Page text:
b.collide(a);            // Call
    }
    ...

Your function may look somehow like this:

    void collide(Object other) {
        this.speed = (this.mass-other.mass)/(this.mass+other.mass)*this.speed+(2.0*other.mass/(this.mass+other.mass))*other.speed;
    }

This is just a hint about how to write your code; you can think of any possible implementation depending on your needs.

BUT, if you want to better simulate reality, your balls should bounce at different heights as time goes on. Any collision between two objects depends not only on masses and velocities, but also on centers of mass, angular momentum, friction, and the materials the objects are made of. A steel ball and a wood ball will bounce lower than a tennis ball, but that's because of the coefficient of restitution, the energy loss due to the sound of impact and heat generated... But that's physics stuff, as much interesting as boring (well, not for everybody). Usually you would implement a friction system so that a ball will stop sometime in the future when rolling on the floor, but that will influence the motion attitude of the ball too. I suggest further readings if you want to deepen this argument.

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It is generally assumed that the mass does not matter and they bounce up to the same height. This is because the coefficient of restitution, which lets you calculate the velocity change after the collision, does not depend on mass. The velocity right after the collision determines the height that the ball will move up to, independent of the mass (just like how mass does not affect free fall duration). So, for games, it's safe to assume that they will end up at the same height.

However, in real life, it can be hard to make the two have the same contact properties and balls with different masses may end up bouncing to slightly different heights. This paper can provide further insight.

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They won't necessarily. It doesn't depend on the actual mass. The important part is their elasticity as well as the applied friction.

The mass would come into play, but only if the difference between the balls and the surface are rather small.

So if you assume the ground or wall has infinite mass (i.e. it won't move), then the mass of the balls won't play into this at all (or, realstically, almost no effect).

Of course, everyone knows some piece of metal will drop faster than a feather, but this is mainly due to different shapes (air resistance!). In a vaccum everything accelerates (and falls) with the same speed (9.81 m/s² on Earth).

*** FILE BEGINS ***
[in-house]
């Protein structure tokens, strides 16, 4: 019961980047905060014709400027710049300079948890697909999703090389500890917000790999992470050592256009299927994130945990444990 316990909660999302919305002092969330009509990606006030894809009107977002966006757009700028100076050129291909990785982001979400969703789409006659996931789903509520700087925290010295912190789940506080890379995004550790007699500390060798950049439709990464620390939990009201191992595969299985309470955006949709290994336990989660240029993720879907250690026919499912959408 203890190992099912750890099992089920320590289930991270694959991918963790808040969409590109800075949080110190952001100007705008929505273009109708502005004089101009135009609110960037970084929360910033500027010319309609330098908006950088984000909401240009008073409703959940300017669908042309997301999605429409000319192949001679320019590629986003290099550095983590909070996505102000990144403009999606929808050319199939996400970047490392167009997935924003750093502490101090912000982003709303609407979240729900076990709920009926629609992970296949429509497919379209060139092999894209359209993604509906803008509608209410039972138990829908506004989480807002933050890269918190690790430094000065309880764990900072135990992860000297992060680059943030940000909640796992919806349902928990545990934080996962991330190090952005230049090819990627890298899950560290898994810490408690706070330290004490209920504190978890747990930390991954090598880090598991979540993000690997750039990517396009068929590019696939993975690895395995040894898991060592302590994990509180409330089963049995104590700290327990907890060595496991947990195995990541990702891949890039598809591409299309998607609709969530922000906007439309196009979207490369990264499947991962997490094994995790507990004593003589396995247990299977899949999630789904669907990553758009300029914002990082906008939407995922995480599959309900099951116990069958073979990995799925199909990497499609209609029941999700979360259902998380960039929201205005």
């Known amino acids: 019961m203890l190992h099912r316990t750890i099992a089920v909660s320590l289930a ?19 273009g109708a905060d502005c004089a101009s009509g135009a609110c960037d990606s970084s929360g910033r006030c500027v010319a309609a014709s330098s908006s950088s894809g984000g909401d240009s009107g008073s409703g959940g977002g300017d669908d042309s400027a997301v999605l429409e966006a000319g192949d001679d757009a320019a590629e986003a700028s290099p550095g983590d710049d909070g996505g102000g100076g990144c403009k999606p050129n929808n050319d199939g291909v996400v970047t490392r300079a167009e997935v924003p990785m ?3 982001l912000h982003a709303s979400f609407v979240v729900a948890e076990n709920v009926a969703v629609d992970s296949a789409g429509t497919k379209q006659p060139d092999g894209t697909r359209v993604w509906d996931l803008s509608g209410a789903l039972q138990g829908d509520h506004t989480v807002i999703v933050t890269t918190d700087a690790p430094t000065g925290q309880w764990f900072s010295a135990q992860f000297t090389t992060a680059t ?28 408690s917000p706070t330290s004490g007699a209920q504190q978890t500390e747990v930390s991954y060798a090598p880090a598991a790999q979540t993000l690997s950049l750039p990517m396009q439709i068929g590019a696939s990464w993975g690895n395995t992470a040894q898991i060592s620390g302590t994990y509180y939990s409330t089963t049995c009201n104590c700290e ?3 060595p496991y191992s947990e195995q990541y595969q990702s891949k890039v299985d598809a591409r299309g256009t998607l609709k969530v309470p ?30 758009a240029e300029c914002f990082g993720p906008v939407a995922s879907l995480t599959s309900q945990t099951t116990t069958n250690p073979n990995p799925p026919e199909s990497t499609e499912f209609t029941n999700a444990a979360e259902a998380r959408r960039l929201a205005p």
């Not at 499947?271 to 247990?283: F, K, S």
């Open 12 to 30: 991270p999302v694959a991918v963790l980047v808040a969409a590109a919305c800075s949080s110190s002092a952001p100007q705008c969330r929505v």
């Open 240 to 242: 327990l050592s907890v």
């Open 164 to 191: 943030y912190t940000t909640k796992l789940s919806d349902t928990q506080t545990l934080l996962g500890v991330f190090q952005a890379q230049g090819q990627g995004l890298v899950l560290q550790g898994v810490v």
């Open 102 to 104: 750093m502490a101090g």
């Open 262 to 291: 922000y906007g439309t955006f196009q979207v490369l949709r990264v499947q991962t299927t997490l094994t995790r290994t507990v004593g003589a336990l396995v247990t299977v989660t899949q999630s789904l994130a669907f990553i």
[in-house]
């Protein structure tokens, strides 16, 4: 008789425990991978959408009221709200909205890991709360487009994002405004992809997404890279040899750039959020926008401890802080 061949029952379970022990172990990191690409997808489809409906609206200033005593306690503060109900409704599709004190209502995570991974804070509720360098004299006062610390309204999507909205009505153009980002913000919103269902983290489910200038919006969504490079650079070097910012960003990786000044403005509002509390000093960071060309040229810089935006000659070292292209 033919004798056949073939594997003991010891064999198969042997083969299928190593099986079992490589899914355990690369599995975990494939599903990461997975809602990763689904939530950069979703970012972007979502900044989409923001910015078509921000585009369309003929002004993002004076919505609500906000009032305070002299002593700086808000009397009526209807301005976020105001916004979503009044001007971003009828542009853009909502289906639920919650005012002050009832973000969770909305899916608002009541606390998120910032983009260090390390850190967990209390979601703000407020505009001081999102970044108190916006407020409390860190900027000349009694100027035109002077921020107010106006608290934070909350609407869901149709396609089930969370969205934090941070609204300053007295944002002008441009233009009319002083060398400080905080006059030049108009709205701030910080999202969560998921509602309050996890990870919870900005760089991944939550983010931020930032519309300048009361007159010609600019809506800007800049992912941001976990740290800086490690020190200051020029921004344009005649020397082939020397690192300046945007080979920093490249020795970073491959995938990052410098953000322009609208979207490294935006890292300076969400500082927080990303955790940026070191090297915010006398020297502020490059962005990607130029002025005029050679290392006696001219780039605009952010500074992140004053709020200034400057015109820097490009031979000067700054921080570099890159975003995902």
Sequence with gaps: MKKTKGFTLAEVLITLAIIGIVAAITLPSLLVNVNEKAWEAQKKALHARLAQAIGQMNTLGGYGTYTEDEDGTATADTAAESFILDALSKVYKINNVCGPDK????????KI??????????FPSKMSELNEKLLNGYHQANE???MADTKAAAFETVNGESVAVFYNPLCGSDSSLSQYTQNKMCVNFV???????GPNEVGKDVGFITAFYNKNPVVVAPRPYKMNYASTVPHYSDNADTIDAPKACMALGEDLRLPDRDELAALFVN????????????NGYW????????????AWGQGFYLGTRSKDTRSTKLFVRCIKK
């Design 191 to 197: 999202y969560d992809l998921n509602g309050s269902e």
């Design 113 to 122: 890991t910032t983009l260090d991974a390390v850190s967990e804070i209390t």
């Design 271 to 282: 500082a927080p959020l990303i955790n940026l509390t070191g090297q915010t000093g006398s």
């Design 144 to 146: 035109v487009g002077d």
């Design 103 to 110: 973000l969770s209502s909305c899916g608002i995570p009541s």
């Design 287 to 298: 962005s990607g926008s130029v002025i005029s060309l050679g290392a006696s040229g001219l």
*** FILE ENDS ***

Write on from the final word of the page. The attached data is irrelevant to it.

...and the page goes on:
Given the same impact speed and elasticity/restitution, both would bounce back with the same force and therefore fly up the same height. In the real world this isn't always exactly true, even if you ignore air resistance, since the different weights can modify the actual impact (for example, the heavier ball might squeeze more upon impact).

How about some terms?

If you want proofs, just look at the actual free fall:

h(t) = h(0) - 0.5 * g * t2

v(t) = v(0) - g * t

As you can see, the actual height (and with that the acceleration and velocity) depends on the gravity g as well as the time passed t. However, mass doesn't play into this.

For the actual impact, the important rule is the conservation of momentum:

Let's start with the energy of the impact:

Ekin = m * v

Since no energy is lost (perfect case), this means the ball will bounce back obtaining the same amount of energy. Due to the mass being constant, the velocity will be the same as well (just with changed direction).

For a more realistic simulation, you'll most likely want to add in some friction though. Due to this the ball won't bounce back with 100% energy, but maybe 90% instead (the actual value can be adjusted to simulate different materials).

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How much an object bounces doesn't depend on its mass but rather on its material. When you create a physics engine, you usually model "bouncyness" by a factor of speed which is retained when the object collides with the ground. When the object hits the ground, you invert its speed and multiply it with the "bounce-factor" of its material.

A rubber ball with a high bouncyness would have a "bounce-factor" of close to one, like 0.9.

The "bounce-factor" of an NBA-conform basketball is 0.722 (the official definition is that it bounces to 1300mm when dropped from 1800mm).

A bowling ball which just bounces a tiny bit when dropped from a high height would have a very low "bounce-factor" like 0.1.

An object which doesn't bounce at all, like a hacky-sack, would have a bounce-factor of 0.0.

The "correct" bounce-factor for each material should be found out through experimentation. Just tinker with it until it "feels" right.

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  • \$\begingroup\$ What would this look like when applied to the ball's velocity? \$\endgroup\$ – Syntac_ Feb 9 '14 at 17:19
  • \$\begingroup\$ @Syntac Speaking in code, it would look like this: velocity.y = -velocity.y * bounce_factor; \$\endgroup\$ – Philipp Feb 9 '14 at 17:25
  • \$\begingroup\$ This would only work for a horizontal plane, what about a generic plane? \$\endgroup\$ – Syntac_ Feb 9 '14 at 17:31
  • \$\begingroup\$ In that case you could rotate the velocity-vector by the angle-difference between the angle of the velocity-vector and the angle of the surface, perform above operation on the x-component, and rotate the vector back. \$\endgroup\$ – Philipp Feb 10 '14 at 0:20